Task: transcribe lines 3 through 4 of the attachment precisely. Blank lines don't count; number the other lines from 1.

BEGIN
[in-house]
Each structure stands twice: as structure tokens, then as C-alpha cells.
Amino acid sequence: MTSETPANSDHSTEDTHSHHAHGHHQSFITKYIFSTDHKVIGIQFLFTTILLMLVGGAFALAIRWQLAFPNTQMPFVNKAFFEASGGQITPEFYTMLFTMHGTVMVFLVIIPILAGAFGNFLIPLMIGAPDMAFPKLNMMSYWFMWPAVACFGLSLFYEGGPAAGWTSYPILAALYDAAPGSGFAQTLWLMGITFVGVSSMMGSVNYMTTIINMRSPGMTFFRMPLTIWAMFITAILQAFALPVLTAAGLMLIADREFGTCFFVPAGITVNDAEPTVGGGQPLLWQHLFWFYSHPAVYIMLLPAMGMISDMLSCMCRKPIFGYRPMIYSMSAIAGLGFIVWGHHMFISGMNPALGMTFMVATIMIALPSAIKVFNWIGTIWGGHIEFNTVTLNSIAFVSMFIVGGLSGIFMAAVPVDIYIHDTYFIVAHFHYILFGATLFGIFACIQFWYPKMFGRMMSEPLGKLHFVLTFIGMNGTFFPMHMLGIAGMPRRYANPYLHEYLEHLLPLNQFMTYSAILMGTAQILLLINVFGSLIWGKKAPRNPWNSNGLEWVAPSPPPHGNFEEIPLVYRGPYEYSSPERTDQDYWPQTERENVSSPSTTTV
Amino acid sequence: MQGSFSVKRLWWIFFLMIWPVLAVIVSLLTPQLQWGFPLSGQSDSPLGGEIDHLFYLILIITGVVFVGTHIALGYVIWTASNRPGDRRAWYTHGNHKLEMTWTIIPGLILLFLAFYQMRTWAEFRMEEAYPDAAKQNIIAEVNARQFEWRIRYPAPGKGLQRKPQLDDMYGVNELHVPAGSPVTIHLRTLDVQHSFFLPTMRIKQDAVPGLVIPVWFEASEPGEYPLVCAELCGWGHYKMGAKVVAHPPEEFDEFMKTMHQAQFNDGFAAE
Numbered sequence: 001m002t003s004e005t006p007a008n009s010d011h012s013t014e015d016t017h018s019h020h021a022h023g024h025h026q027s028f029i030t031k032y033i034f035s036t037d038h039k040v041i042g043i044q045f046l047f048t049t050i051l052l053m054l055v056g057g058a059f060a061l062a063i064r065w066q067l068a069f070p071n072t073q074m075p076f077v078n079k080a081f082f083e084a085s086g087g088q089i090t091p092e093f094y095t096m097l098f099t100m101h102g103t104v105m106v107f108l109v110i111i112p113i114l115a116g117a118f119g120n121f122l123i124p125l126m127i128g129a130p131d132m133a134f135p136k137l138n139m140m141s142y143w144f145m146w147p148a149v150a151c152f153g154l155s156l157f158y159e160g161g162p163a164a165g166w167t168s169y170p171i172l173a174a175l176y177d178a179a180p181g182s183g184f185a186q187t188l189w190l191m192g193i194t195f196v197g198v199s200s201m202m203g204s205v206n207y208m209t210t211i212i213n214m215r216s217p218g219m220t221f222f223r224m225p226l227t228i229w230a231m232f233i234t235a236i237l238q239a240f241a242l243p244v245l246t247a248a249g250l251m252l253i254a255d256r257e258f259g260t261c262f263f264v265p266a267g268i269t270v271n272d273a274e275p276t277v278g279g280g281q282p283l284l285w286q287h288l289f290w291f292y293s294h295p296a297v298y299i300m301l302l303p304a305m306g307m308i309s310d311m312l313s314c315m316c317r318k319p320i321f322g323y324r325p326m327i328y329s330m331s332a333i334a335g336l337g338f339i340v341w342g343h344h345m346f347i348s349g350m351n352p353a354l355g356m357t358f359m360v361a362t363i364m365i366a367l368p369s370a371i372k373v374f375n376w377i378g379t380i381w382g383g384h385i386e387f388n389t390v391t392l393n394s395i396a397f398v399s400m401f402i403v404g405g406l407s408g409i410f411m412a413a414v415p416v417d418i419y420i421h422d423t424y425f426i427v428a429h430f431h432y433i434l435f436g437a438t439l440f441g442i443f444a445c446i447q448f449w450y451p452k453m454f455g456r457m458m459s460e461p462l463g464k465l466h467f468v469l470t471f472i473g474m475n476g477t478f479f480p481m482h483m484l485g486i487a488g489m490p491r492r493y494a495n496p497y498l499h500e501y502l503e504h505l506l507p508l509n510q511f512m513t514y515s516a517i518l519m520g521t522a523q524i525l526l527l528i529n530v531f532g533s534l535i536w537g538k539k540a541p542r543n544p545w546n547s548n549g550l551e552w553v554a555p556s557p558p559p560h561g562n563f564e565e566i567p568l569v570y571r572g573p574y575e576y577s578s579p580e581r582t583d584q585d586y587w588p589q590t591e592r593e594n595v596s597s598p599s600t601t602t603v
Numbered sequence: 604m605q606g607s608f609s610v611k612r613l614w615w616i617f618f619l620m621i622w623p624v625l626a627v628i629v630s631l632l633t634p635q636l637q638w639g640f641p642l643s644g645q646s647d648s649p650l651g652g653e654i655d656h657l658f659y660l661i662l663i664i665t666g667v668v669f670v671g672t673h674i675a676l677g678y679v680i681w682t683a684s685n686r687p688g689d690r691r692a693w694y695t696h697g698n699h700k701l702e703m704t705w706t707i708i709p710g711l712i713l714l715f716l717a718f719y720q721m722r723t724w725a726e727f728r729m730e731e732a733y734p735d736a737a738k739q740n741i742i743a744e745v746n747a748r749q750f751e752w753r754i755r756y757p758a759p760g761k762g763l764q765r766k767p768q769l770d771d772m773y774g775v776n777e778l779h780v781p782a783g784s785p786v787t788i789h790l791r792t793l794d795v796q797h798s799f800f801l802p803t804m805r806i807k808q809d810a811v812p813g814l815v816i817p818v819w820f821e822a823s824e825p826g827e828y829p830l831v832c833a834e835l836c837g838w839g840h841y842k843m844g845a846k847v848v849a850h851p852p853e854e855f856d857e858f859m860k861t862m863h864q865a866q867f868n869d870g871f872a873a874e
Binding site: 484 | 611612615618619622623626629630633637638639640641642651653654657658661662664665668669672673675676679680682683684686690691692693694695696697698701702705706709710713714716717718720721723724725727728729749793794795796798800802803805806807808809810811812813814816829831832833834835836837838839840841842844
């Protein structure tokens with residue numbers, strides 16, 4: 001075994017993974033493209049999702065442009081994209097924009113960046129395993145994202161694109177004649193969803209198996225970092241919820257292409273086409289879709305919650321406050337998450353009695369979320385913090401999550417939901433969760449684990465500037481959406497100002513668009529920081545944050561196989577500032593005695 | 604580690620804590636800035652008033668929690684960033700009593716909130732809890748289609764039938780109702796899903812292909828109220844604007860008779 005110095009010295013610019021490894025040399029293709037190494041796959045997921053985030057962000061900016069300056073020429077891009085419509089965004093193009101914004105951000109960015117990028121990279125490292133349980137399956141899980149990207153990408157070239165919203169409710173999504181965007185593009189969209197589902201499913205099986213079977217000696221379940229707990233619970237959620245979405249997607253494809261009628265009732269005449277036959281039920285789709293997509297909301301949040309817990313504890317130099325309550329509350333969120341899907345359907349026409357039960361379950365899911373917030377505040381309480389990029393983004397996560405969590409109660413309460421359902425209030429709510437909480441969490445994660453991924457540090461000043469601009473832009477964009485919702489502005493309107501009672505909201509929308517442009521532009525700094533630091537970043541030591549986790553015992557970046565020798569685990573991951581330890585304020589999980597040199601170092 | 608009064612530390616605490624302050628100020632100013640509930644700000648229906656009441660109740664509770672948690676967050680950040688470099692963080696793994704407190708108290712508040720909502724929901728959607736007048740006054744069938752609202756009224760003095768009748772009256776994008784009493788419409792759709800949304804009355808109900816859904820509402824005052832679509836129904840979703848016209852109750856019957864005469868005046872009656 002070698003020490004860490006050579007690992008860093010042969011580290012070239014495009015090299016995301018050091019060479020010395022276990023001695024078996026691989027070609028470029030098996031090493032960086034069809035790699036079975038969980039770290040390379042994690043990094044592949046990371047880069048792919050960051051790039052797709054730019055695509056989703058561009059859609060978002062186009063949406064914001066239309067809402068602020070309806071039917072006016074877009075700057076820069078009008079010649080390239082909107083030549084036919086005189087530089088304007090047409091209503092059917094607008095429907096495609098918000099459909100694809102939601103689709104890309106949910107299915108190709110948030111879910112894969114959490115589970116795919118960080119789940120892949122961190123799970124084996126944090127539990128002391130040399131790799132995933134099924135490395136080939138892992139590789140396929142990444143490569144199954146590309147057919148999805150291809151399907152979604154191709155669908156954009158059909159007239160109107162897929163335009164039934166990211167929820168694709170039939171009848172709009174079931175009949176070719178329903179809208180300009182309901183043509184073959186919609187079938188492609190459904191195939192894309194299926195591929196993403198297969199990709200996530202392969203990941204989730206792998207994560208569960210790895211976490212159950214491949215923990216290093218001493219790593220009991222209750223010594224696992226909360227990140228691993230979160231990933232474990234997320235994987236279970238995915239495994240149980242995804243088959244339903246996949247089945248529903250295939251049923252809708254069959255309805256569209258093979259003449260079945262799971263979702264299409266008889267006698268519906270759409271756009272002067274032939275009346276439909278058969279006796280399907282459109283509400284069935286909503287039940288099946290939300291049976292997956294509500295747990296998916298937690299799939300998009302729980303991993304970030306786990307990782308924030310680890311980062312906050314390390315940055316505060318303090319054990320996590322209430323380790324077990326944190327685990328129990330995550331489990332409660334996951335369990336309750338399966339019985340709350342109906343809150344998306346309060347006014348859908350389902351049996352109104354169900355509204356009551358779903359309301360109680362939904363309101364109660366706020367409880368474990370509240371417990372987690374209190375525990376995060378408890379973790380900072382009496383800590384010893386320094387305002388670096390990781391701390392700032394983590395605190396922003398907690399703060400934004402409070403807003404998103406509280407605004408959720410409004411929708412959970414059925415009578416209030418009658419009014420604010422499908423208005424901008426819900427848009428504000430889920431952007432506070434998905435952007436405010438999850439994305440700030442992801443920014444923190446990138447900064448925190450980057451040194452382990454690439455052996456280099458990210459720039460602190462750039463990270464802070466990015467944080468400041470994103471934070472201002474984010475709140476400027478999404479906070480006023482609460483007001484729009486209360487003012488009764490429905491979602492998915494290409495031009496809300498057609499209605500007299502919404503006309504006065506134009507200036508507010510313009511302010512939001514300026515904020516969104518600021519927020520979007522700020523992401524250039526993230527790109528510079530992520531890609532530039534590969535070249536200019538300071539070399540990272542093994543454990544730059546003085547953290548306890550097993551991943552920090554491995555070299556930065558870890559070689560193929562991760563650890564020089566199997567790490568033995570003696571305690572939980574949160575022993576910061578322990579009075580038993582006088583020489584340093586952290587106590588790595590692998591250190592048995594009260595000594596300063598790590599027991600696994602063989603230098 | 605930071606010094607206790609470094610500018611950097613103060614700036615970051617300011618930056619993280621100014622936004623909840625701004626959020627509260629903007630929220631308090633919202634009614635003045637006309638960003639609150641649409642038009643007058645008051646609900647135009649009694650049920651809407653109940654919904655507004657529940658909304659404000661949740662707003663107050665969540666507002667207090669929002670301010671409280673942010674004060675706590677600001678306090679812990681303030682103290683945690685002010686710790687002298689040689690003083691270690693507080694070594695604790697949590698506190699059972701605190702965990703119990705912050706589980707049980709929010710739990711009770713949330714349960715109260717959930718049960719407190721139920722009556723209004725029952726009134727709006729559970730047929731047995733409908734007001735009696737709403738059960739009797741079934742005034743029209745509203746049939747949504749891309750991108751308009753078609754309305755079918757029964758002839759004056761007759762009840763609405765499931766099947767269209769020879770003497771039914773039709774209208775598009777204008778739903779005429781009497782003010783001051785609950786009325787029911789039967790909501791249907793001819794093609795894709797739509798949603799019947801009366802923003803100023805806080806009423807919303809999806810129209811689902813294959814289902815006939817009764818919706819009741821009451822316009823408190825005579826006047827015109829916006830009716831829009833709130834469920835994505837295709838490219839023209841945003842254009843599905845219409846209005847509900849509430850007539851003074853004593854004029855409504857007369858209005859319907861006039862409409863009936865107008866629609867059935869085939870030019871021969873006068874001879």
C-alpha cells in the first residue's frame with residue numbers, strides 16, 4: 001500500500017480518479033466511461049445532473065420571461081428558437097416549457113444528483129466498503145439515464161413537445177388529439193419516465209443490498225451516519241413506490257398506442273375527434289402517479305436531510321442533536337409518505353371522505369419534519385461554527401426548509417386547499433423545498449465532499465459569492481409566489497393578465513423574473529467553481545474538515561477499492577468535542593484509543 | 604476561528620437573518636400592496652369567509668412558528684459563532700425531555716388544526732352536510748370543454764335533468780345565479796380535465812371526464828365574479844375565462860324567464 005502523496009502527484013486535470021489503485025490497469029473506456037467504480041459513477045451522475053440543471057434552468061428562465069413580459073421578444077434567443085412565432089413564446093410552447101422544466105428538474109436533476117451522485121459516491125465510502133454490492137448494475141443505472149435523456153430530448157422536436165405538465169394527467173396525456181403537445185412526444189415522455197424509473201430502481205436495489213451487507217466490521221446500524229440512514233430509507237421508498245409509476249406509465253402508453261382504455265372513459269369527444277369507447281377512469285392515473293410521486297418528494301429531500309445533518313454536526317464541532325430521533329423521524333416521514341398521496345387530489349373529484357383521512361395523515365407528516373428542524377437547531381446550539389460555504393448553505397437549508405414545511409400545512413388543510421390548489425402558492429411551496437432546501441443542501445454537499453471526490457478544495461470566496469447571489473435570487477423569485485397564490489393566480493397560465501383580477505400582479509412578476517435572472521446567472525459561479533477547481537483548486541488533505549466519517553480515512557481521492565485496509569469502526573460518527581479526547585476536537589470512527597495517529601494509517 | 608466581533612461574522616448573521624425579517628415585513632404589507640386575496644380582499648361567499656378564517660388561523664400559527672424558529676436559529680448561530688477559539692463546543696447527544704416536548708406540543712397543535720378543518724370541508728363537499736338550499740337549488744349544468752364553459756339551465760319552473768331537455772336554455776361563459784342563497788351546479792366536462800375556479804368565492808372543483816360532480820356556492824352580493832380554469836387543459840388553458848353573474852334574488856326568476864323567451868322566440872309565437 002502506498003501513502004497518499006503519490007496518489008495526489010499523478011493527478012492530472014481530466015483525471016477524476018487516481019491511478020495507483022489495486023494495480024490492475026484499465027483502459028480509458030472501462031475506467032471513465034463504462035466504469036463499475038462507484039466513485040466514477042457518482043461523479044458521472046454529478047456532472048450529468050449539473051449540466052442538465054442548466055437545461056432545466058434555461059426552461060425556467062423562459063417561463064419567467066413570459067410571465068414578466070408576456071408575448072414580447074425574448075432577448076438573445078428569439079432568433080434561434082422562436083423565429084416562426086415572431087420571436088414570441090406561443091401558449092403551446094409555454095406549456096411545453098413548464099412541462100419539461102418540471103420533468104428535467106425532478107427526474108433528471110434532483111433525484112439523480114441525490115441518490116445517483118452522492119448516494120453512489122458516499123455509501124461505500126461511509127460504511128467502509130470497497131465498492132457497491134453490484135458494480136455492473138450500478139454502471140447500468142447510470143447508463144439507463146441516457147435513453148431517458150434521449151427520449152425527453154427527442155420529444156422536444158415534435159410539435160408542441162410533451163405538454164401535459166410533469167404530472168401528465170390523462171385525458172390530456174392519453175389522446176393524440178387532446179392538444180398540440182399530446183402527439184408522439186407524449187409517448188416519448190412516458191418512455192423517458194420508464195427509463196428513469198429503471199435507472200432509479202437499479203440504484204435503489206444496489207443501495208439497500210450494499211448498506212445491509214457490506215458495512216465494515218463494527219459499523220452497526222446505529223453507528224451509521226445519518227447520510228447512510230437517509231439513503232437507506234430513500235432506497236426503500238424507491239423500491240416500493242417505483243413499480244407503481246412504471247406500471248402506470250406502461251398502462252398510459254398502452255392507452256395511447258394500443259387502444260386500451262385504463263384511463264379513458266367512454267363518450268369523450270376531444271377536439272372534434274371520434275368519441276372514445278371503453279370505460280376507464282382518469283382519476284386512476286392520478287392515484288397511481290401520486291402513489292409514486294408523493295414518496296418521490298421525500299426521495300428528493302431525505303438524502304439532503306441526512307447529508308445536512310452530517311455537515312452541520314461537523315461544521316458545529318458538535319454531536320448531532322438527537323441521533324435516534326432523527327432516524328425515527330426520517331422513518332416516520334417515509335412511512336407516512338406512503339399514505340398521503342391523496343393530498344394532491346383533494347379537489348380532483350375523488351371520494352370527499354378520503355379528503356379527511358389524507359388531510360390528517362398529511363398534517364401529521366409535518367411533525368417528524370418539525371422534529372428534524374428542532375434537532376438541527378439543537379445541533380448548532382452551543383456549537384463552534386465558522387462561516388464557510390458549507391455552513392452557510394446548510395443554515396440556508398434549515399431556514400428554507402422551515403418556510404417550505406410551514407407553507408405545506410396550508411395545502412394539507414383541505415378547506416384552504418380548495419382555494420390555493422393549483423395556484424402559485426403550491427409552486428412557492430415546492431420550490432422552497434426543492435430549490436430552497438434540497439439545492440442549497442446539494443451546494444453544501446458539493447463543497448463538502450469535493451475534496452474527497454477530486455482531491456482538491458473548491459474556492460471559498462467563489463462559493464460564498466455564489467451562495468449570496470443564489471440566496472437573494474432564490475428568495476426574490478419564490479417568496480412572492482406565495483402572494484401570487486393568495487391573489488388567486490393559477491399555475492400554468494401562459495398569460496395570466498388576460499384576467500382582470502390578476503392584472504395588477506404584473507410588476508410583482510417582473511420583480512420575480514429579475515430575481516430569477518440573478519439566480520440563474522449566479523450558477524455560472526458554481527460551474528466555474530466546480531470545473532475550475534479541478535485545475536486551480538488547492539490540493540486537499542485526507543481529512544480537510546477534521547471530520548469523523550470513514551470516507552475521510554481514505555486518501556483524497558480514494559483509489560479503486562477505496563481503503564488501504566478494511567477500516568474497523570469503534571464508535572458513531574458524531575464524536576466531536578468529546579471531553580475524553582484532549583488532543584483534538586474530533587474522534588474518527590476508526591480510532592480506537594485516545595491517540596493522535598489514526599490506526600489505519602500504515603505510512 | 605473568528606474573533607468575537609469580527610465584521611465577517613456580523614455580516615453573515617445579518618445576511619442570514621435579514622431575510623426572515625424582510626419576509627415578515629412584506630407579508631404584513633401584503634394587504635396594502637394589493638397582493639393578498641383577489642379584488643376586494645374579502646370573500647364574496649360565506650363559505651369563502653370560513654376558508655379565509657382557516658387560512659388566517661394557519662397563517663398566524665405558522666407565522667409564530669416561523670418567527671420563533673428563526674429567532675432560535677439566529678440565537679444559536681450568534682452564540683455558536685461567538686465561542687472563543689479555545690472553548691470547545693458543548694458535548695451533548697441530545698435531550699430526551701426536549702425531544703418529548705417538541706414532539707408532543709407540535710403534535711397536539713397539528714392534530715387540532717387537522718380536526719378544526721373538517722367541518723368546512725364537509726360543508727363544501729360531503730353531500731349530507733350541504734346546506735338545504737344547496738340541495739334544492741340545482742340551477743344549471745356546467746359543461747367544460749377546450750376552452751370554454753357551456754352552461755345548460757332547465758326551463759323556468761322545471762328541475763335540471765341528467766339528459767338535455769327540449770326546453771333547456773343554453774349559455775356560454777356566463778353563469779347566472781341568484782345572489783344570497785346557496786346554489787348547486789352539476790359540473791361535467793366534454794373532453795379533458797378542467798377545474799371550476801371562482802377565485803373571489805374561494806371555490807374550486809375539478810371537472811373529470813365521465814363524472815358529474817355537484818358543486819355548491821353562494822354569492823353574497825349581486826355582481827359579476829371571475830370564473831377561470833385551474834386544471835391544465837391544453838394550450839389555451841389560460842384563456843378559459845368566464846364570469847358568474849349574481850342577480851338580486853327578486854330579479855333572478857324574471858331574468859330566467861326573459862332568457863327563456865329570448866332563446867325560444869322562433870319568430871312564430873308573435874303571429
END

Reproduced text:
Amino acid sequence: MTSETPANSDHSTEDTHSHHAHGHHQSFITKYIFSTDHKVIGIQFLFTTILLMLVGGAFALAIRWQLAFPNTQMPFVNKAFFEASGGQITPEFYTMLFTMHGTVMVFLVIIPILAGAFGNFLIPLMIGAPDMAFPKLNMMSYWFMWPAVACFGLSLFYEGGPAAGWTSYPILAALYDAAPGSGFAQTLWLMGITFVGVSSMMGSVNYMTTIINMRSPGMTFFRMPLTIWAMFITAILQAFALPVLTAAGLMLIADREFGTCFFVPAGITVNDAEPTVGGGQPLLWQHLFWFYSHPAVYIMLLPAMGMISDMLSCMCRKPIFGYRPMIYSMSAIAGLGFIVWGHHMFISGMNPALGMTFMVATIMIALPSAIKVFNWIGTIWGGHIEFNTVTLNSIAFVSMFIVGGLSGIFMAAVPVDIYIHDTYFIVAHFHYILFGATLFGIFACIQFWYPKMFGRMMSEPLGKLHFVLTFIGMNGTFFPMHMLGIAGMPRRYANPYLHEYLEHLLPLNQFMTYSAILMGTAQILLLINVFGSLIWGKKAPRNPWNSNGLEWVAPSPPPHGNFEEIPLVYRGPYEYSSPERTDQDYWPQTERENVSSPSTTTV
Amino acid sequence: MQGSFSVKRLWWIFFLMIWPVLAVIVSLLTPQLQWGFPLSGQSDSPLGGEIDHLFYLILIITGVVFVGTHIALGYVIWTASNRPGDRRAWYTHGNHKLEMTWTIIPGLILLFLAFYQMRTWAEFRMEEAYPDAAKQNIIAEVNARQFEWRIRYPAPGKGLQRKPQLDDMYGVNELHVPAGSPVTIHLRTLDVQHSFFLPTMRIKQDAVPGLVIPVWFEASEPGEYPLVCAELCGWGHYKMGAKVVAHPPEEFDEFMKTMHQAQFNDGFAAE